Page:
A Catholic Monthly Magazine

Learning from Bears and Bees

Fr Tom Ryan

“‘It's like this,’ Pooh said. ‘When you go after honey with a balloon, the great thing is not to let the bees know you're coming. Now, if you have a green balloon, they might think you were only part of the tree, and not notice you, and if you have a blue balloon, they might think you were only part of the sky, and not notice you, and the question is: Which is most likely?’ 

‘Wouldn’t they notice YOU underneath the balloon?’ Christopher Robin asked. ‘They might or they might not,’ said Winnie-the- Pooh. ‘You never can tell with bees’”(AA Milne, Winnie-the- Pooh).

True. Pooh underestimates his (considerable) visibility floating upwards to get honey. But about bees disturbed being unpredictable? Rightly, “you never can tell with bees.” 

It’s only natural. Aren’t we the same with intruders? Wouldn’t we rush to defend our turf against an invader – such as Pooh’s hand in the tree trunk’s hive, grabbing a honeycomb?  

Honeybees rarely sting and only if they are provoked. They can swarm. But this form of defence comes when they are really agitated and under threat. 

But there’s more to bees than honey and stings, as we are reminded in a homely piece in CathNews 20th March 2017 from The Southern Cross: Sandra Ulrich has been maintaining a beehive in inner city Adelaide for the past three years. “The environment reflects their personality – they are incredibly gentle, bees. And they have something to teach us.”

Beekeeping in monasteries and religious life has a long history. Sandra notes how we can learn from the way a bee colony is organised. “It’s a very altruistic, democratic society, where everyone works for the common good,” she says. “Every bee has something to offer, whether it be communication, gathering food, creating a nest, or caring for their young.” Sandra also observed that you could sit and watch the bees for hours and that they can be a source of calm and meditation. So, bees remind us to stand and ponder God’s creation, as Welsh poet RW Thomas reminds us in his poem Leisure.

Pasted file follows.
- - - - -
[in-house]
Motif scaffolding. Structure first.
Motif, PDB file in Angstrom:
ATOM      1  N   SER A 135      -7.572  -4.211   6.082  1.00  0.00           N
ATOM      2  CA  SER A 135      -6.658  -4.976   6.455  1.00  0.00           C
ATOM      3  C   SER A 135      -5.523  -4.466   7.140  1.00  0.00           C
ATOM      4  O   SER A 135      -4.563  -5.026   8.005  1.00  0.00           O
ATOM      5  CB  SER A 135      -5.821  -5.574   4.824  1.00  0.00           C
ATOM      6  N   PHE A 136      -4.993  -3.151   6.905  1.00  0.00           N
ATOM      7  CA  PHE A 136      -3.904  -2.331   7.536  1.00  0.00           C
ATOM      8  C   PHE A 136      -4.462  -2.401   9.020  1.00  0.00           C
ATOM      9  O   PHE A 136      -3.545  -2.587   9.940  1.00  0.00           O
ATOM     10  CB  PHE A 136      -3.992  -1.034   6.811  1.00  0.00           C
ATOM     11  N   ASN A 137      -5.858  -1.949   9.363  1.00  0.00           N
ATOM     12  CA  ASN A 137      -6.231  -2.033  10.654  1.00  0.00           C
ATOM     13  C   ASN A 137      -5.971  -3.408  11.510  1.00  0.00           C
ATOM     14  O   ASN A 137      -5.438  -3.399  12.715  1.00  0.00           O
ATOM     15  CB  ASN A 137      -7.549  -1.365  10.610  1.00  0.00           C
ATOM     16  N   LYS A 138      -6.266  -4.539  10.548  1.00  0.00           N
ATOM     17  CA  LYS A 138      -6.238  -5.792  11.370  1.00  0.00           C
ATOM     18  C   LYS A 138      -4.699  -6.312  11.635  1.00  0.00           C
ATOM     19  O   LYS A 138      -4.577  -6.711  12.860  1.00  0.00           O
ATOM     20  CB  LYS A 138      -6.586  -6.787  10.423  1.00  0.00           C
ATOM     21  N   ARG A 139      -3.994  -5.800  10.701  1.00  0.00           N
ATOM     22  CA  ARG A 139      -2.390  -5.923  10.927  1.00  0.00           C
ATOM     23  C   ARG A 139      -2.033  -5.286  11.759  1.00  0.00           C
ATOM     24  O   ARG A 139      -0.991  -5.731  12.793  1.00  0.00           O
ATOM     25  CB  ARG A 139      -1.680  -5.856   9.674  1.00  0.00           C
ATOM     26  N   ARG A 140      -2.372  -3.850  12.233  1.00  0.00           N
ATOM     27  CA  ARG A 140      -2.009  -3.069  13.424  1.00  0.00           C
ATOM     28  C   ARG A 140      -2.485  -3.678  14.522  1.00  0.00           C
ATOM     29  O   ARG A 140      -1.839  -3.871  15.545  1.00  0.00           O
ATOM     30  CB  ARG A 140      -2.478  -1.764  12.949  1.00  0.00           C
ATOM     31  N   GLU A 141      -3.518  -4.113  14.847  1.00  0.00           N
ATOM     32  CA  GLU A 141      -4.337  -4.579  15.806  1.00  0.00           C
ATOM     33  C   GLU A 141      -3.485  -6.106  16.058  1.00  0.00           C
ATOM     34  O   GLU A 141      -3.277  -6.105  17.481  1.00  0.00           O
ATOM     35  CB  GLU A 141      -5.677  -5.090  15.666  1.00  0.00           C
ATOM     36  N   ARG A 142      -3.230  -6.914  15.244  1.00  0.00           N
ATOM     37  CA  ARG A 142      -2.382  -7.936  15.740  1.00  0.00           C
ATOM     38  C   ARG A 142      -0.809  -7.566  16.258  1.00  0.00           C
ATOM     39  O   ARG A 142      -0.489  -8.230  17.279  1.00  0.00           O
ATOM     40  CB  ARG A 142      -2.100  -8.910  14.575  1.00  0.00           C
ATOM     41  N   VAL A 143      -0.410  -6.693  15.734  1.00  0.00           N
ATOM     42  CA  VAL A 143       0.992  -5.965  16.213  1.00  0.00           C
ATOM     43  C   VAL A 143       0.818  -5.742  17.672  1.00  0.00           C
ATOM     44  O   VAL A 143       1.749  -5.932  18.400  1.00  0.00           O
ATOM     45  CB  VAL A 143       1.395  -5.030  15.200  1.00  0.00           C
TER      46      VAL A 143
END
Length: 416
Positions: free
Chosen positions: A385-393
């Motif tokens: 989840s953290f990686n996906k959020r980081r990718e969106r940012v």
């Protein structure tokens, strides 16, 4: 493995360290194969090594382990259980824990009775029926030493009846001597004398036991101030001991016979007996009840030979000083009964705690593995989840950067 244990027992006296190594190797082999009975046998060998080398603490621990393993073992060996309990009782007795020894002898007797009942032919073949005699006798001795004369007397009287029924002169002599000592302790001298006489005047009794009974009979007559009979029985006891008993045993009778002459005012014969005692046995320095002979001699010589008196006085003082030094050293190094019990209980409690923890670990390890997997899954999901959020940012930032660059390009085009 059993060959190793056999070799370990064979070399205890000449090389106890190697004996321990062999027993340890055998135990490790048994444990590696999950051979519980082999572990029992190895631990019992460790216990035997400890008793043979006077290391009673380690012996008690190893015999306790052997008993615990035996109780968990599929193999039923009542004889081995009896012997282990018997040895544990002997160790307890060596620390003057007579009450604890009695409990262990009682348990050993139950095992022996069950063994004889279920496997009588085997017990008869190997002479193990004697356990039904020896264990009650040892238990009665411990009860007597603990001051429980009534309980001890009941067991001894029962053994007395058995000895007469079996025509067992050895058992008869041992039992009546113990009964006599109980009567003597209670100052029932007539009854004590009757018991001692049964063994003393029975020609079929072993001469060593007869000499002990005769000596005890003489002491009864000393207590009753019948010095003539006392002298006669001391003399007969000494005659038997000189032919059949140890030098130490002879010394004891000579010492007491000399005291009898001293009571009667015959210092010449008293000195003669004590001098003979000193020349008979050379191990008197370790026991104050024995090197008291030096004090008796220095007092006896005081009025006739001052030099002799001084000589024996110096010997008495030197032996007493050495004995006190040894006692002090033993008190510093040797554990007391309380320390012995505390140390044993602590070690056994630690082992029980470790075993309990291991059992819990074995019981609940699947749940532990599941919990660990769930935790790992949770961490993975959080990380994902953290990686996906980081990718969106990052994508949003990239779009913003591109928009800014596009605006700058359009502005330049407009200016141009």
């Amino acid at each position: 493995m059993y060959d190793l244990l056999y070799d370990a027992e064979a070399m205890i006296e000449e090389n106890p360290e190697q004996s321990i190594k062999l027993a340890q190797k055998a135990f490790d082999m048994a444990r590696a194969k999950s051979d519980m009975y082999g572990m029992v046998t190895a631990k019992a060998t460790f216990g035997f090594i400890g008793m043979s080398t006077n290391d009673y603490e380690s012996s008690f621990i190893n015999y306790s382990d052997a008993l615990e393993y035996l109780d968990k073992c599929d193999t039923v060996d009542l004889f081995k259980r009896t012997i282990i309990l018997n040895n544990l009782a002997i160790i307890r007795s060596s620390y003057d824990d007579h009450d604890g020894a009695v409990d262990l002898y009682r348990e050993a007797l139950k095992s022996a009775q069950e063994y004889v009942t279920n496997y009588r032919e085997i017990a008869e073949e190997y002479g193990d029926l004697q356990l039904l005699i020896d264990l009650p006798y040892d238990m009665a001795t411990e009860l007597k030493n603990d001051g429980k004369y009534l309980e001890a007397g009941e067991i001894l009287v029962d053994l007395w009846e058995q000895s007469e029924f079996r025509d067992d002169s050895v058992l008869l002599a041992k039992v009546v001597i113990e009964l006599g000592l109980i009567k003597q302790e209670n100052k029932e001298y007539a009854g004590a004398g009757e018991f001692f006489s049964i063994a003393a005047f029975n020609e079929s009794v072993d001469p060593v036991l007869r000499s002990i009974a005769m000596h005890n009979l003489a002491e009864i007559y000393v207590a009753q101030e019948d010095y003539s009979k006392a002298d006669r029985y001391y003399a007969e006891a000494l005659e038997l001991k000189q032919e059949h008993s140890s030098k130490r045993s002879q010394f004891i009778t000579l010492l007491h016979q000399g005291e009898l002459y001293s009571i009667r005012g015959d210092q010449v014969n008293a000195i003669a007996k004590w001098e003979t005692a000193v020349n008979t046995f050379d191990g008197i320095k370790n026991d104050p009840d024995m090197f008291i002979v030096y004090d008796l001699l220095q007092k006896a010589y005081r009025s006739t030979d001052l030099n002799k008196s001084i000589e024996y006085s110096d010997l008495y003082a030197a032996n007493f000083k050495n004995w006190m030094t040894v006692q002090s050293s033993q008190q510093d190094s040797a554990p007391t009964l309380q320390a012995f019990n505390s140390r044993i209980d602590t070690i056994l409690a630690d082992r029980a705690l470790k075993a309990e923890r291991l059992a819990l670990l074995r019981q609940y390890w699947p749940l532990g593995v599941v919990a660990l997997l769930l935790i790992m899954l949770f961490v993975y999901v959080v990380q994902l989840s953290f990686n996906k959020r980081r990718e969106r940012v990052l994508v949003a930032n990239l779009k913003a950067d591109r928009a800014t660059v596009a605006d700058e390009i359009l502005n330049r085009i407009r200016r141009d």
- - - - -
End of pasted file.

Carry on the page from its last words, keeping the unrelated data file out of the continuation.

What is this life if, full of care,
We have no time to stand and stare.
No time to stand beneath the boughs
And stare as long as sheep or cows.
No time to see, when woods we pass,
Where squirrels hide their nuts in grass.
No time to see, in broad daylight,
Streams full of stars, like skies at night.
No time to turn at Beauty's glance,
And watch her feet, how they can dance.
No time to wait till her mouth can
Enrich that smile her eyes began.
A poor life this if, full of care,
We have no time to stand and stare. 
 


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